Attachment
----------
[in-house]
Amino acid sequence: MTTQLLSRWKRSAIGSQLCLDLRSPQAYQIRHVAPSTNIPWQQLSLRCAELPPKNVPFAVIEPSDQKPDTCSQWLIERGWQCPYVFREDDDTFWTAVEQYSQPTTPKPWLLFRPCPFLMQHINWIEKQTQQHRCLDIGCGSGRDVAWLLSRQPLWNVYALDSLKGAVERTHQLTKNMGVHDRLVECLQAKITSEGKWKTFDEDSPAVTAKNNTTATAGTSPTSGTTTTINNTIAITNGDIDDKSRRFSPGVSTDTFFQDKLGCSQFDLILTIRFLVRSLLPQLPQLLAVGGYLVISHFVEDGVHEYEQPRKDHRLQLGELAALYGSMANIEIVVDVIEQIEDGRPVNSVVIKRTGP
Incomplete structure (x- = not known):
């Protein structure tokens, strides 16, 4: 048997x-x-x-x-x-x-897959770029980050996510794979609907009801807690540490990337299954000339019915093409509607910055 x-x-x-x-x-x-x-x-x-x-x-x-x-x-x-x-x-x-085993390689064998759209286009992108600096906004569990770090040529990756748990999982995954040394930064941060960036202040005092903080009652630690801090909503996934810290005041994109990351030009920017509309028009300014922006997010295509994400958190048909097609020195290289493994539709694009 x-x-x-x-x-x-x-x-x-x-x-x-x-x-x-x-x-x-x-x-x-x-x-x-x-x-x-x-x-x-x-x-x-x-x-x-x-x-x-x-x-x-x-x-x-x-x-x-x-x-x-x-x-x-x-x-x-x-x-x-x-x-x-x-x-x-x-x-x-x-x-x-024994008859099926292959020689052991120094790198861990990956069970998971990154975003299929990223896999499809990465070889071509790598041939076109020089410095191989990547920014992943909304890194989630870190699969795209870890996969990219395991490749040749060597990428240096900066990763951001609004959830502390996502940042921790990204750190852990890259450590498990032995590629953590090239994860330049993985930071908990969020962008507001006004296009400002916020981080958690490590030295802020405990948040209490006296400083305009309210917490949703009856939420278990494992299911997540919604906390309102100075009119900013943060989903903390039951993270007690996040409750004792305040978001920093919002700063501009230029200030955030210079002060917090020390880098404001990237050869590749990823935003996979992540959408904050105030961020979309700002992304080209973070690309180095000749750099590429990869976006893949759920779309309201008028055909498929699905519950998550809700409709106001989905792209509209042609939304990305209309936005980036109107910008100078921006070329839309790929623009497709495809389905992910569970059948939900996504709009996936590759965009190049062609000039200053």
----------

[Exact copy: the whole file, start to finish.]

[in-house]
Amino acid sequence: MTTQLLSRWKRSAIGSQLCLDLRSPQAYQIRHVAPSTNIPWQQLSLRCAELPPKNVPFAVIEPSDQKPDTCSQWLIERGWQCPYVFREDDDTFWTAVEQYSQPTTPKPWLLFRPCPFLMQHINWIEKQTQQHRCLDIGCGSGRDVAWLLSRQPLWNVYALDSLKGAVERTHQLTKNMGVHDRLVECLQAKITSEGKWKTFDEDSPAVTAKNNTTATAGTSPTSGTTTTINNTIAITNGDIDDKSRRFSPGVSTDTFFQDKLGCSQFDLILTIRFLVRSLLPQLPQLLAVGGYLVISHFVEDGVHEYEQPRKDHRLQLGELAALYGSMANIEIVVDVIEQIEDGRPVNSVVIKRTGP
Incomplete structure (x- = not known):
């Protein structure tokens, strides 16, 4: 048997x-x-x-x-x-x-897959770029980050996510794979609907009801807690540490990337299954000339019915093409509607910055 x-x-x-x-x-x-x-x-x-x-x-x-x-x-x-x-x-x-085993390689064998759209286009992108600096906004569990770090040529990756748990999982995954040394930064941060960036202040005092903080009652630690801090909503996934810290005041994109990351030009920017509309028009300014922006997010295509994400958190048909097609020195290289493994539709694009 x-x-x-x-x-x-x-x-x-x-x-x-x-x-x-x-x-x-x-x-x-x-x-x-x-x-x-x-x-x-x-x-x-x-x-x-x-x-x-x-x-x-x-x-x-x-x-x-x-x-x-x-x-x-x-x-x-x-x-x-x-x-x-x-x-x-x-x-x-x-x-x-024994008859099926292959020689052991120094790198861990990956069970998971990154975003299929990223896999499809990465070889071509790598041939076109020089410095191989990547920014992943909304890194989630870190699969795209870890996969990219395991490749040749060597990428240096900066990763951001609004959830502390996502940042921790990204750190852990890259450590498990032995590629953590090239994860330049993985930071908990969020962008507001006004296009400002916020981080958690490590030295802020405990948040209490006296400083305009309210917490949703009856939420278990494992299911997540919604906390309102100075009119900013943060989903903390039951993270007690996040409750004792305040978001920093919002700063501009230029200030955030210079002060917090020390880098404001990237050869590749990823935003996979992540959408904050105030961020979309700002992304080209973070690309180095000749750099590429990869976006893949759920779309309201008028055909498929699905519950998550809700409709106001989905792209509209042609939304990305209309936005980036109107910008100078921006070329839309790929623009497709495809389905992910569970059948939900996504709009996936590759965009190049062609000039200053």